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I'm trying to work out how to approach building a "machine" to send and receive messages to WebSphere MQ, via Twisted. I want it to be as generic as possible, so I can reuse it for many different situations that interface with MQ.

I've used Twisted before, but many years ago now and I'm trying to resurrect the knowledge I once had...

The specific problem I'm having is how to implement the MQ IO using Twisted. There's a pymqi Python library that interfaces with MQ, and it provides all the interfaces I need. The MQ calls I need to implement are:

  • initiate a connection to a specific MQ server/port/channel/queue-manager/queue combination
  • take content and post it as a message to the desired queue
  • poll a queue and return the content of the next message in the queue
  • send a request to a queue manager to find the number of messages currently in a queue

All of these involve blocking calls to MQ.

As I'm intending to reuse the Twisted/MQ interface many times across a range of projects, should I be looking to implement the MQ IO as a Twisted protocol, as a Twisted transport, or just call the pymqi methods via deferToThread() calls? I realise this is a very broad question with possibly no definitive answer; I'm really after advice from those who may have encountered similar challenges before (i.e. working with queueing interfaces that will always block) and found a way that works well.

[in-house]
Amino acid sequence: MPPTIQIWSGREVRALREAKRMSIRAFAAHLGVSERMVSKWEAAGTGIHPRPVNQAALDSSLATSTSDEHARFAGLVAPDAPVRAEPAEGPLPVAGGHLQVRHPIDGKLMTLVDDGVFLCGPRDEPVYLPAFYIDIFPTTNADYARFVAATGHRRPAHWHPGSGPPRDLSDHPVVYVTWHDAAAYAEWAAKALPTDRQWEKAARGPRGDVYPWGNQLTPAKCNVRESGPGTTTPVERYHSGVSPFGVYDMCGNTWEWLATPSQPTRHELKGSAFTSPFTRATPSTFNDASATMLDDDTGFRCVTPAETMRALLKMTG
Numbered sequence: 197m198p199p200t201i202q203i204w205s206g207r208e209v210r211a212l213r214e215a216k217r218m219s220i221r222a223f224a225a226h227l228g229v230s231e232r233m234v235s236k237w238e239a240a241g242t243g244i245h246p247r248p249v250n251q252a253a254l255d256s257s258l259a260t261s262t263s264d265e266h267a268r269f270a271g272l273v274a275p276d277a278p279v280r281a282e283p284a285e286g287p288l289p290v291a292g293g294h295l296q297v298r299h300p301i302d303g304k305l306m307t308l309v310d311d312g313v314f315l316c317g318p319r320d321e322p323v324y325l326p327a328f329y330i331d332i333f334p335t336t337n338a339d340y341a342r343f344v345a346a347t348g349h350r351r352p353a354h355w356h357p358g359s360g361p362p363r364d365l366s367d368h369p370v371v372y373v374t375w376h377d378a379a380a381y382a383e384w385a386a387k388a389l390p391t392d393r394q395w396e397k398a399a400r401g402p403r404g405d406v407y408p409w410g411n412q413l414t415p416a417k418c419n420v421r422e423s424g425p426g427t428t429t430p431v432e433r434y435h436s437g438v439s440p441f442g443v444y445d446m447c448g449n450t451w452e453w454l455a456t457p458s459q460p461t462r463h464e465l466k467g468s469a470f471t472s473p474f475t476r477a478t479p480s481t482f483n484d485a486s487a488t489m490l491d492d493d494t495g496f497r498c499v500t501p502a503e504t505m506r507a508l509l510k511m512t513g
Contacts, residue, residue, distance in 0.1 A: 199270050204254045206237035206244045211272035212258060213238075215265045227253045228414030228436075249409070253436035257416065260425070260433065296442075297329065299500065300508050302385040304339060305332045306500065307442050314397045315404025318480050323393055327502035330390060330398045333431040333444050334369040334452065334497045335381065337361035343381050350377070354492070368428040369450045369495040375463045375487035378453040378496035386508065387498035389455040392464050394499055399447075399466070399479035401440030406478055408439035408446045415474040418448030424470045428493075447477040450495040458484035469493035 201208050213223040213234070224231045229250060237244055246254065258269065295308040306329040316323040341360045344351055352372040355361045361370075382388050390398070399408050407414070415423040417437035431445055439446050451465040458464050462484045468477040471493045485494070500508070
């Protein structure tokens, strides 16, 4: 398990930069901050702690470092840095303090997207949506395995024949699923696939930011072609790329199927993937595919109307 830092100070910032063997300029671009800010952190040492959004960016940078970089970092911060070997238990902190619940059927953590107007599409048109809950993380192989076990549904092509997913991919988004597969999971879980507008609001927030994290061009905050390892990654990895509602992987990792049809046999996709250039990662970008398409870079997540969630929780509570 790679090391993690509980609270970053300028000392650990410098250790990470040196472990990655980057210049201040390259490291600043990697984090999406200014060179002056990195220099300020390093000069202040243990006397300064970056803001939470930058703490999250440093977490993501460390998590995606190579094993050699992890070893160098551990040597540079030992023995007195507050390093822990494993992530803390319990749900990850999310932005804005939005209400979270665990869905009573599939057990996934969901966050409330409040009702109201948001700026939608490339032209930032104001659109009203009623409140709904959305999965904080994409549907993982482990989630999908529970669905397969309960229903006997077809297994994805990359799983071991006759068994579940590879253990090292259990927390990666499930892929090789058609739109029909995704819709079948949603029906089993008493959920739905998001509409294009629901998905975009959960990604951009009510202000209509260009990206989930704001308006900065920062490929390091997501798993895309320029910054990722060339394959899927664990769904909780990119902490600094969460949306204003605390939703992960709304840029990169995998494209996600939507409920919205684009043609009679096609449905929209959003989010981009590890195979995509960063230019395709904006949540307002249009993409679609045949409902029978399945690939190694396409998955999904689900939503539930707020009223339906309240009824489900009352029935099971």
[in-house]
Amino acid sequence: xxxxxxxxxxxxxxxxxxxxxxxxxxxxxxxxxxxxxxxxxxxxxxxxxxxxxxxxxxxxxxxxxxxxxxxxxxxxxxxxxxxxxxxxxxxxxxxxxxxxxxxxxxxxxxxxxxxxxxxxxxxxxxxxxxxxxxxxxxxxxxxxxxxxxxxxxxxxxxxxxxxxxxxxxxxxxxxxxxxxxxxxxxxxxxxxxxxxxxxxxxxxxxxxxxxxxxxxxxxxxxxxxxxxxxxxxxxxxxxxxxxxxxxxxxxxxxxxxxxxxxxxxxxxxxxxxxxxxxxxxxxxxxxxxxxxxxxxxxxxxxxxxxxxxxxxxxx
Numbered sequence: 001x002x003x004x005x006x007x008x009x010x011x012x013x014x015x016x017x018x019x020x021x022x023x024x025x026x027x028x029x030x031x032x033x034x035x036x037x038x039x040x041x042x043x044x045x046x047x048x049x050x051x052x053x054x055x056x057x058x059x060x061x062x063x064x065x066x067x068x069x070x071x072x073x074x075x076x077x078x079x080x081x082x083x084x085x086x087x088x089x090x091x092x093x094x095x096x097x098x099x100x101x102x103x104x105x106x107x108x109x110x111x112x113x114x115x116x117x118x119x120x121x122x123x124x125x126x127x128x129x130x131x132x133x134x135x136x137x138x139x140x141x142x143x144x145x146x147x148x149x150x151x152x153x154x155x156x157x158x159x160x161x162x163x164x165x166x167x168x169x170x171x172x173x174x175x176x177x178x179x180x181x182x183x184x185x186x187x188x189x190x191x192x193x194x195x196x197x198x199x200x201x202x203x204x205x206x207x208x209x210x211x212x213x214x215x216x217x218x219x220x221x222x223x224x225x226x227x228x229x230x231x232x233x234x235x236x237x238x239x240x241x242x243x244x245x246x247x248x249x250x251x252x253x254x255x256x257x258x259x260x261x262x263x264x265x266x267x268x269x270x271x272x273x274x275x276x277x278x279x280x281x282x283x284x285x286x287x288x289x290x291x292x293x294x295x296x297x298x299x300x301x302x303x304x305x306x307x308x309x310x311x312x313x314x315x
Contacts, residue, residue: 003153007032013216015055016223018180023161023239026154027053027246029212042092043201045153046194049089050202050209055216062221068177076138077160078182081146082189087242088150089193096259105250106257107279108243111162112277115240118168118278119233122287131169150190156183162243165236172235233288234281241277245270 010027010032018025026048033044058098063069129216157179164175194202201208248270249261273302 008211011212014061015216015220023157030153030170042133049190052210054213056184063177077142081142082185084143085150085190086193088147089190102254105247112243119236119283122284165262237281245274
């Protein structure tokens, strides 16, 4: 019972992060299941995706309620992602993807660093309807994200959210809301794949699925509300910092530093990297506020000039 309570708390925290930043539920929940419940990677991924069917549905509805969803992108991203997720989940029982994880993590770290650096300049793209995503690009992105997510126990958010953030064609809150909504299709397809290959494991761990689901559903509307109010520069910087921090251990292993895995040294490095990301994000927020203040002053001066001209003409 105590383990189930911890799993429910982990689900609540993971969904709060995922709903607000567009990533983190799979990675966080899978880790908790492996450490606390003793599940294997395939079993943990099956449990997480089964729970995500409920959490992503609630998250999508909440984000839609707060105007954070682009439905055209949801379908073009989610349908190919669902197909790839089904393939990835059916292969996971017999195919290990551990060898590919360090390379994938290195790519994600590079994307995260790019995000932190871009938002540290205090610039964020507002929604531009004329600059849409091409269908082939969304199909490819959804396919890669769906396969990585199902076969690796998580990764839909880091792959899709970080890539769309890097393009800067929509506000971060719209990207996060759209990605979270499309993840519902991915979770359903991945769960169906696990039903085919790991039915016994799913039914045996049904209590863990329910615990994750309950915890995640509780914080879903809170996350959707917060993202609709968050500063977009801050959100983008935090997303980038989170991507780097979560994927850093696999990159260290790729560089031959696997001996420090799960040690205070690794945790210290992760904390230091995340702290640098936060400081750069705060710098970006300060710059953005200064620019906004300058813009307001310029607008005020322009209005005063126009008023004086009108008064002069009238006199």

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1 Answer 1

up vote 1 down vote accepted

If you're going to use this functionality a lot, then having a native Twisted implementation is probably worth the effort. A wrapper based on deferToThread will be less work, but it will also be harder to test and debug, perform less well, and have problems on certain platforms where Python threads don't work extremely well (eg FreeBSD).

The approach to take for a native Twisted implementation is probably to implement a protocol that can speak to MQ servers and give it a rich API for interacting with channels, queues, queue managers, etc, and then build a layer on top of that which abstracts the actual network connection away from the application (as I believe mqi/pymqi largely do).

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Just for the record, the protocol WebSphere MQ uses is a closed one. There's no real documentation regarding how it exactly works byte-by-byte. Apart from the scant resources available across different RedBooks or support packs, the best resource for understanding the protocol are Wireshark's MQ dissectors. But that's still far from complete. Joy of proprietary protocols! :-/ –  Dariusz Suchojad Sep 6 '12 at 17:51

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